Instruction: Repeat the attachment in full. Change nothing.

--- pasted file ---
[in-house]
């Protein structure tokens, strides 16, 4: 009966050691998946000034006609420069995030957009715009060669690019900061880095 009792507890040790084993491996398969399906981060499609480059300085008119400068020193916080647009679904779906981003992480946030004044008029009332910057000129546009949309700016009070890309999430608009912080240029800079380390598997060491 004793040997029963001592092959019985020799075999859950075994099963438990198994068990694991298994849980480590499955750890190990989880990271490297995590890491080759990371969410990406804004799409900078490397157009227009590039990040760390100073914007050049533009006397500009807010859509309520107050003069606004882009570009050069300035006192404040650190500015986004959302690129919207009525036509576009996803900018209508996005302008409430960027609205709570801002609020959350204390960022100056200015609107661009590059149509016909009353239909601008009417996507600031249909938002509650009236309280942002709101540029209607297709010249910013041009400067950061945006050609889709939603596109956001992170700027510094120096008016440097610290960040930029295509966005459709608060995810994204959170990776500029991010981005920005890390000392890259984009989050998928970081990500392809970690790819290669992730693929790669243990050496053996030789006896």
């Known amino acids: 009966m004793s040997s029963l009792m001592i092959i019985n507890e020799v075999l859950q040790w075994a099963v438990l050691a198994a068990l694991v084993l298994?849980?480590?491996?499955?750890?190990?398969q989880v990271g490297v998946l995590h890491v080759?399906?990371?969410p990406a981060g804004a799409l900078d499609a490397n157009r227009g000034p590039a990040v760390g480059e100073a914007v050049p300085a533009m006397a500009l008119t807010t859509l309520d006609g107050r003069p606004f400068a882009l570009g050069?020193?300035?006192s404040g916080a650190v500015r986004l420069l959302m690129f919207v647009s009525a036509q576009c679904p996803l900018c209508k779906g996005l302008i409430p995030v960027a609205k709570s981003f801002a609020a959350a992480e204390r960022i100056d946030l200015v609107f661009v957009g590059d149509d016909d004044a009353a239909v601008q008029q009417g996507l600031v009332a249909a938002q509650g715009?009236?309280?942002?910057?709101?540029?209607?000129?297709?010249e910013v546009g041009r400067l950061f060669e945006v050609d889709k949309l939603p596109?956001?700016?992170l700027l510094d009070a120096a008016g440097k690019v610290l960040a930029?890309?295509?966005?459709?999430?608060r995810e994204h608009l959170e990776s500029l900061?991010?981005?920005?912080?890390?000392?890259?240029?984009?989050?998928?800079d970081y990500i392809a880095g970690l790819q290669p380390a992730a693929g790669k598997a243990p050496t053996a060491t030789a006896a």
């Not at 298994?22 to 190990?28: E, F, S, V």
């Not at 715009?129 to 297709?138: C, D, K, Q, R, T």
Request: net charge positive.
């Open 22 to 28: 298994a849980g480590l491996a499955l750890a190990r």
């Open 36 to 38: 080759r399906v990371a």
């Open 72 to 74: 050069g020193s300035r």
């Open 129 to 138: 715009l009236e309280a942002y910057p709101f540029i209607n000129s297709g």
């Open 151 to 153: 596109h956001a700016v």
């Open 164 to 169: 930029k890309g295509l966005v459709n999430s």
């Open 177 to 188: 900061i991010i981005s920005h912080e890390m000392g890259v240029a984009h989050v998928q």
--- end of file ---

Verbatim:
[in-house]
């Protein structure tokens, strides 16, 4: 009966050691998946000034006609420069995030957009715009060669690019900061880095 009792507890040790084993491996398969399906981060499609480059300085008119400068020193916080647009679904779906981003992480946030004044008029009332910057000129546009949309700016009070890309999430608009912080240029800079380390598997060491 004793040997029963001592092959019985020799075999859950075994099963438990198994068990694991298994849980480590499955750890190990989880990271490297995590890491080759990371969410990406804004799409900078490397157009227009590039990040760390100073914007050049533009006397500009807010859509309520107050003069606004882009570009050069300035006192404040650190500015986004959302690129919207009525036509576009996803900018209508996005302008409430960027609205709570801002609020959350204390960022100056200015609107661009590059149509016909009353239909601008009417996507600031249909938002509650009236309280942002709101540029209607297709010249910013041009400067950061945006050609889709939603596109956001992170700027510094120096008016440097610290960040930029295509966005459709608060995810994204959170990776500029991010981005920005890390000392890259984009989050998928970081990500392809970690790819290669992730693929790669243990050496053996030789006896």
């Known amino acids: 009966m004793s040997s029963l009792m001592i092959i019985n507890e020799v075999l859950q040790w075994a099963v438990l050691a198994a068990l694991v084993l298994?849980?480590?491996?499955?750890?190990?398969q989880v990271g490297v998946l995590h890491v080759?399906?990371?969410p990406a981060g804004a799409l900078d499609a490397n157009r227009g000034p590039a990040v760390g480059e100073a914007v050049p300085a533009m006397a500009l008119t807010t859509l309520d006609g107050r003069p606004f400068a882009l570009g050069?020193?300035?006192s404040g916080a650190v500015r986004l420069l959302m690129f919207v647009s009525a036509q576009c679904p996803l900018c209508k779906g996005l302008i409430p995030v960027a609205k709570s981003f801002a609020a959350a992480e204390r960022i100056d946030l200015v609107f661009v957009g590059d149509d016909d004044a009353a239909v601008q008029q009417g996507l600031v009332a249909a938002q509650g715009?009236?309280?942002?910057?709101?540029?209607?000129?297709?010249e910013v546009g041009r400067l950061f060669e945006v050609d889709k949309l939603p596109?956001?700016?992170l700027l510094d009070a120096a008016g440097k690019v610290l960040a930029?890309?295509?966005?459709?999430?608060r995810e994204h608009l959170e990776s500029l900061?991010?981005?920005?912080?890390?000392?890259?240029?984009?989050?998928?800079d970081y990500i392809a880095g970690l790819q290669p380390a992730a693929g790669k598997a243990p050496t053996a060491t030789a006896a």
């Not at 298994?22 to 190990?28: E, F, S, V």
């Not at 715009?129 to 297709?138: C, D, K, Q, R, T």
Request: net charge positive.
């Open 22 to 28: 298994a849980g480590l491996a499955l750890a190990r």
């Open 36 to 38: 080759r399906v990371a």
């Open 72 to 74: 050069g020193s300035r």
């Open 129 to 138: 715009l009236e309280a942002y910057p709101f540029i209607n000129s297709g």
């Open 151 to 153: 596109h956001a700016v």
């Open 164 to 169: 930029k890309g295509l966005v459709n999430s």
């Open 177 to 188: 900061i991010i981005s920005h912080e890390m000392g890259v240029a984009h989050v998928q």